Other recommended locations were: Kotake-mukaehara, Machiya, Koiwa, Akabane, and Kiba. Also, we were told that places like Nezu and Sendagi, which have a lot of history and older shops and temples, are places where you can enjoy putting down roots of your own.
RocketNews 24 (by Kay):
Who hasn’t been fascinated by the ninja and their legendary skills? Well, this special ninja exhibit should certainly help you learn more about their mysterious world!
We all love ninjas, don’t we? But how much do we really know about them? Although much about these “secret agents” of the feudal era remain a mystery, the academic world has been busy trying to uncover as much fact as possible about them. Happily for ninja fans, the public will get to share in some of the insights that researchers have gained into the world of the shinobi (literally “stealth”), as ninja are sometimes called.
The exhibit is based on scientific research on the ninja led by Mie University, and the exhibit hall has three distinct areas, each representing the elements of “mind, skill and body” (shin, gi, tai), in which the ninja were highly trained.
As you move through the exhibit, you’ll have the opportunity to practice throwing shuriken stars, improve your jumping power and learn secret operative skills, such as memory enhancement techniques and special breathing techniques as well as ways to send secret messages. You’ll also be able to see ancient ninjutsu manuscripts and ninja weapons on display. Now, that certainly sounds like a whole lot of secret agent fun!
THE NINJA exhibit will run from July 2 (Sat) to October 10 (Mon) at the National Museum of Emerging Science and Innovation (Miraikan) in Tokyo’s Odaiba area. If you’re going to be in Tokyo during that time, it could be an excellent opportunity for you to get a glimpse into what the true world of the ninja may have been like. We hope you enjoy testing your stealth skills!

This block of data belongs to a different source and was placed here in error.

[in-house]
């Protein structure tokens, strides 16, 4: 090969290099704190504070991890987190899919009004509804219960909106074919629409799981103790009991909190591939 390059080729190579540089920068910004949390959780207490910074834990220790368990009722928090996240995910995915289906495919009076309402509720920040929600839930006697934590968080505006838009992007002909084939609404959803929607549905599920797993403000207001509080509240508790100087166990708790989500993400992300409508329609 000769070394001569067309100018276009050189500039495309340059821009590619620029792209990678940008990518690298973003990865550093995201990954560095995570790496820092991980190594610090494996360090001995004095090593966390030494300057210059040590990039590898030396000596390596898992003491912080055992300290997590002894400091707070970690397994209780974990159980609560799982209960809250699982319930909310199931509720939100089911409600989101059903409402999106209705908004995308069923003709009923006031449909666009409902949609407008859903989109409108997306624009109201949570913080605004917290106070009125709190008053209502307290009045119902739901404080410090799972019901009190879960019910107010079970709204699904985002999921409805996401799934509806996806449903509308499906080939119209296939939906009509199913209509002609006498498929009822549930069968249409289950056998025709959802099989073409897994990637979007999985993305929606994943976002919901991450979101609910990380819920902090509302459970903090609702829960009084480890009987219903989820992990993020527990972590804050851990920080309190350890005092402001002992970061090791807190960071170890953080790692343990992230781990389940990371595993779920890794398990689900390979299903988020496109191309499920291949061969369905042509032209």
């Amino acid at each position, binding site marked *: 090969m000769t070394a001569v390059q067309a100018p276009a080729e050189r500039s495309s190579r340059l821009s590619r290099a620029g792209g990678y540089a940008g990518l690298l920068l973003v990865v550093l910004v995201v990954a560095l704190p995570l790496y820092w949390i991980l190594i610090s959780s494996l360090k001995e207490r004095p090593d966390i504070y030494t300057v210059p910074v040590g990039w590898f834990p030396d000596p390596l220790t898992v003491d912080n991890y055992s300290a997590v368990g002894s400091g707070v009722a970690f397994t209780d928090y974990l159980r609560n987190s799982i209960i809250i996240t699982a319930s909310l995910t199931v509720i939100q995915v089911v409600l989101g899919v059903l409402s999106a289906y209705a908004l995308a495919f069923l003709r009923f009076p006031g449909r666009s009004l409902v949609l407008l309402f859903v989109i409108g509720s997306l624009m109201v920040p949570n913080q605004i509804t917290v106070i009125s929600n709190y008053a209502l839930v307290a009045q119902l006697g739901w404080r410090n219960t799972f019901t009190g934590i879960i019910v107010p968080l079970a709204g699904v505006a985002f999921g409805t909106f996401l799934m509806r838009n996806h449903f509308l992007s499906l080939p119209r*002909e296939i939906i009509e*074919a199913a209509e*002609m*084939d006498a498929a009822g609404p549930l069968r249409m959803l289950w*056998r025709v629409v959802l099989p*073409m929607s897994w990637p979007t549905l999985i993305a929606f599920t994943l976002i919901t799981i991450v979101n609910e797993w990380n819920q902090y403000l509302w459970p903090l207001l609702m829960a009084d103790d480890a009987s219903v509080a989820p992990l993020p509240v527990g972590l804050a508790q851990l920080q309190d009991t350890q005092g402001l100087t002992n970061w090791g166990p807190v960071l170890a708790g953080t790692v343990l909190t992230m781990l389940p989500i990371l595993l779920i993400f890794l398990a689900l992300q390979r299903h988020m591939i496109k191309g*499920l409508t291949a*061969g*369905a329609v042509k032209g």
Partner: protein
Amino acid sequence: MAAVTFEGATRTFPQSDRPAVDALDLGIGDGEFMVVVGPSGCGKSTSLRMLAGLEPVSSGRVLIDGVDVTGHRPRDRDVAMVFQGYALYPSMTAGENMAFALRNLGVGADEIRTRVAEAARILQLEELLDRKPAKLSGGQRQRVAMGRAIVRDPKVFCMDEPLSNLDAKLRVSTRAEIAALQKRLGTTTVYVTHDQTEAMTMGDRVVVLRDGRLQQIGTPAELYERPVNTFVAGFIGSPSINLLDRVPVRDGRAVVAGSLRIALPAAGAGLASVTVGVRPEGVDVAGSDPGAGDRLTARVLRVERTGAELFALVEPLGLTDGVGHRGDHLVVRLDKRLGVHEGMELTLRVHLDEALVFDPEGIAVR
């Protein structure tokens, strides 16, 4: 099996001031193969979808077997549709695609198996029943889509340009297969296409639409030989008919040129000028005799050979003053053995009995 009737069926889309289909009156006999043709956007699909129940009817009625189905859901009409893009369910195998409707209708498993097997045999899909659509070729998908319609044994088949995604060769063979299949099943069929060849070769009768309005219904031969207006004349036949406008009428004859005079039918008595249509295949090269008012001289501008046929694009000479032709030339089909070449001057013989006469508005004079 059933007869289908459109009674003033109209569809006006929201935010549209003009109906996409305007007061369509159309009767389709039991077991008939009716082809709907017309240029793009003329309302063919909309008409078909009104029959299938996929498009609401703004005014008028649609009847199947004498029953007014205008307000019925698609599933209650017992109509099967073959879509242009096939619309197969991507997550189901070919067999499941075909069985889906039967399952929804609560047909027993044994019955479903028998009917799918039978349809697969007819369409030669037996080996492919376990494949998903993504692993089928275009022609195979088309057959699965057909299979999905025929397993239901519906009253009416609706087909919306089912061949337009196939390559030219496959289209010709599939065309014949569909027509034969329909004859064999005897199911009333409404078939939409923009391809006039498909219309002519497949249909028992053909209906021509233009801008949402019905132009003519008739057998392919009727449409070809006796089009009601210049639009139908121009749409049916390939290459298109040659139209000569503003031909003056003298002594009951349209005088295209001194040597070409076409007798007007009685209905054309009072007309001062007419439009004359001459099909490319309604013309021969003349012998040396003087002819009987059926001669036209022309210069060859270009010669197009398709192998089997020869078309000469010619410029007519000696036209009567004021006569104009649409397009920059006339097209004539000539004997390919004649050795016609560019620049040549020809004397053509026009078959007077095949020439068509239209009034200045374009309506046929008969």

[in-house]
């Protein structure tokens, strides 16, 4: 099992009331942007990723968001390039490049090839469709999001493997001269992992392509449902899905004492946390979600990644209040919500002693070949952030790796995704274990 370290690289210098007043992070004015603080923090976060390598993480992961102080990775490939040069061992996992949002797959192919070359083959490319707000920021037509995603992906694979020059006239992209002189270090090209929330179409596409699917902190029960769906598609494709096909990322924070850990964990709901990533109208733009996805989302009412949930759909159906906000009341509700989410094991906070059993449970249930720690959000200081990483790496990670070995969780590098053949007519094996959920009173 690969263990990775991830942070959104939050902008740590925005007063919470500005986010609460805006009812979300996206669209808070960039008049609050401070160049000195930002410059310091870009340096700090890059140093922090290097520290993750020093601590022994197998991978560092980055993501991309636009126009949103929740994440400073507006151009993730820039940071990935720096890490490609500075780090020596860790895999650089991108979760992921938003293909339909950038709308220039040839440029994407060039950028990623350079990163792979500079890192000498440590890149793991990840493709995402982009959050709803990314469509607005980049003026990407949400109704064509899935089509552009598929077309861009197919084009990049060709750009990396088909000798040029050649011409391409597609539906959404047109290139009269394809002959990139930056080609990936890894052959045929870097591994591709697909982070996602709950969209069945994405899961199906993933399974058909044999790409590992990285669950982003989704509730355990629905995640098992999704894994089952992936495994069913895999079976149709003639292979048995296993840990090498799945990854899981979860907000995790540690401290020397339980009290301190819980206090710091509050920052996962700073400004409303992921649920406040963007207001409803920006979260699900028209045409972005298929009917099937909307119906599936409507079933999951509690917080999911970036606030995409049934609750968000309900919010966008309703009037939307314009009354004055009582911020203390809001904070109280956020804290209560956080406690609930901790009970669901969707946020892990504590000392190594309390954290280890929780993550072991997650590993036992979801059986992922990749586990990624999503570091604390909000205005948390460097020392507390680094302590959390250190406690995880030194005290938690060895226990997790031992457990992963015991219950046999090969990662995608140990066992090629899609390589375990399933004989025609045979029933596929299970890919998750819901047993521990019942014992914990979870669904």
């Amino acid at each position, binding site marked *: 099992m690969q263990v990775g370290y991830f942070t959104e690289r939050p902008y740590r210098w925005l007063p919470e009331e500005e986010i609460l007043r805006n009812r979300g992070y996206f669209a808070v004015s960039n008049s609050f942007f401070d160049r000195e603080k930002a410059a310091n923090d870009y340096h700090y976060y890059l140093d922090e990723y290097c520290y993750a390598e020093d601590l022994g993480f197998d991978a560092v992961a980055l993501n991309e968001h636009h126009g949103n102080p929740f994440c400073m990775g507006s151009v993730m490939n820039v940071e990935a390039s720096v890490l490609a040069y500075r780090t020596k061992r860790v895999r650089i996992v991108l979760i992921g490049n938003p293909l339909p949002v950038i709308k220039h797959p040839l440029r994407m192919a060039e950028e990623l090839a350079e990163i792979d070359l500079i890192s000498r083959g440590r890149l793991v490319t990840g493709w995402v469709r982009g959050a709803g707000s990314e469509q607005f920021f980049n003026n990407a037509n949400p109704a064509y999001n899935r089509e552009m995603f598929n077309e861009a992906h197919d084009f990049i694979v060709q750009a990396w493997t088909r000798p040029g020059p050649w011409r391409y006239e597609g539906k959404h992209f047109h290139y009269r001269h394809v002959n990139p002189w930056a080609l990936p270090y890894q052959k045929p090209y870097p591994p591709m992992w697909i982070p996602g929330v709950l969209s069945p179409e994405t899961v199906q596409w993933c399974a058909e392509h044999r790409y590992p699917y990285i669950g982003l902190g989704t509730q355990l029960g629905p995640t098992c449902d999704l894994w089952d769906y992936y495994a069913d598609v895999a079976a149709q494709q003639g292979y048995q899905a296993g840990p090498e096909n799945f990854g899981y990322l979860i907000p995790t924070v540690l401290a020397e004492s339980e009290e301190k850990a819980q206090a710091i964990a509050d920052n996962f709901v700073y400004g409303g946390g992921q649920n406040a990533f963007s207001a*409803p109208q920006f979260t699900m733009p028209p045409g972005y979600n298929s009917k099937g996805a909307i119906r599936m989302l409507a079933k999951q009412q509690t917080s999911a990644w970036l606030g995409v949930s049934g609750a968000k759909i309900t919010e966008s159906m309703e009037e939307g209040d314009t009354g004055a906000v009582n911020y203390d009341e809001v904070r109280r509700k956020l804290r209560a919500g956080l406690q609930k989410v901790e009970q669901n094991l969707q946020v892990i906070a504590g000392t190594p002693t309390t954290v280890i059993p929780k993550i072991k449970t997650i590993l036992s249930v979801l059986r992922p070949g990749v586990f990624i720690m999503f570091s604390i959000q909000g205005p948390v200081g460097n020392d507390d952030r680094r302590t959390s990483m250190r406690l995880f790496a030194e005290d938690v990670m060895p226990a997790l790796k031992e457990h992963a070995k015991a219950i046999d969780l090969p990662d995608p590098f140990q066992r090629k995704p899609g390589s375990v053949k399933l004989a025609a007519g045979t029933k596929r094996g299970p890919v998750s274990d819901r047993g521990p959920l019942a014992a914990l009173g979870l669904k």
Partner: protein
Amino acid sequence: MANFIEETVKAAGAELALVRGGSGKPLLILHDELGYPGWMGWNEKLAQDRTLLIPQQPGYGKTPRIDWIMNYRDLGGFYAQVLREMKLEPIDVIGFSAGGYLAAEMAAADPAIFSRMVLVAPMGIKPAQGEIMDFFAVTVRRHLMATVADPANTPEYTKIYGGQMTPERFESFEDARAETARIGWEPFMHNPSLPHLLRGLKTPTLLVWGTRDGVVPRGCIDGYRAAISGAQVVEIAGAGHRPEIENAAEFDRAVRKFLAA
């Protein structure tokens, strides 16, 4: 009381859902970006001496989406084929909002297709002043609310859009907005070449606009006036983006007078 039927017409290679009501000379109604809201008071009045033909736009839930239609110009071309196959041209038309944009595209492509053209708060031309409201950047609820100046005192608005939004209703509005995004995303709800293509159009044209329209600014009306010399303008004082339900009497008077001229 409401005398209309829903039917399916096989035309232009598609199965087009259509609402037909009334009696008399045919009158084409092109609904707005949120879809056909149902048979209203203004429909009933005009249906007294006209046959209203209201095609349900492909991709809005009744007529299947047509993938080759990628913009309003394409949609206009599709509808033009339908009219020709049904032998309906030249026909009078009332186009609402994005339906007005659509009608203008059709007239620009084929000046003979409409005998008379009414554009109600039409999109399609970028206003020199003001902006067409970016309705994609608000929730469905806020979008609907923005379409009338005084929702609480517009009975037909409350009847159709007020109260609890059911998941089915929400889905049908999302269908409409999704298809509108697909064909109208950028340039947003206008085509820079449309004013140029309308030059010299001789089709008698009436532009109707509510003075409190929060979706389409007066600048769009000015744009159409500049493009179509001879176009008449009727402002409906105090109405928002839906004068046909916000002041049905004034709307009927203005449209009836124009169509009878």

July 2 (Sat) to October 10 (Mon)
Venue: National Museum of Emerging Science and Innovation (Miraikan)
Tokyo-to, Koto-ku, Aomi 2-3-6 (Access information)
Admission: 1,600 yen (about US$14.50) for adults, 1,000 yen (900 yen on Saturdays) for children of grade-school age to 18, and 500 yen for preschoolers years old (*Free admission for children 2 years old and under)
Source: THE NINJA exhibit website
Business-minded locals in the mountainous part of Guandong province in China are making money off the region’s natural fresh air.
Lianshan Zhuang and Yao autonomous county residents, have set up stalls atop its mountain and began selling air in plastic bags to city dwellers escaping the smog.
According to NetEase (via Shanghaiist), the price of the fresh air ranges from 10 yuan ($1.50) for a small bag and up to 30 yuan ($4.50) for a larger bag.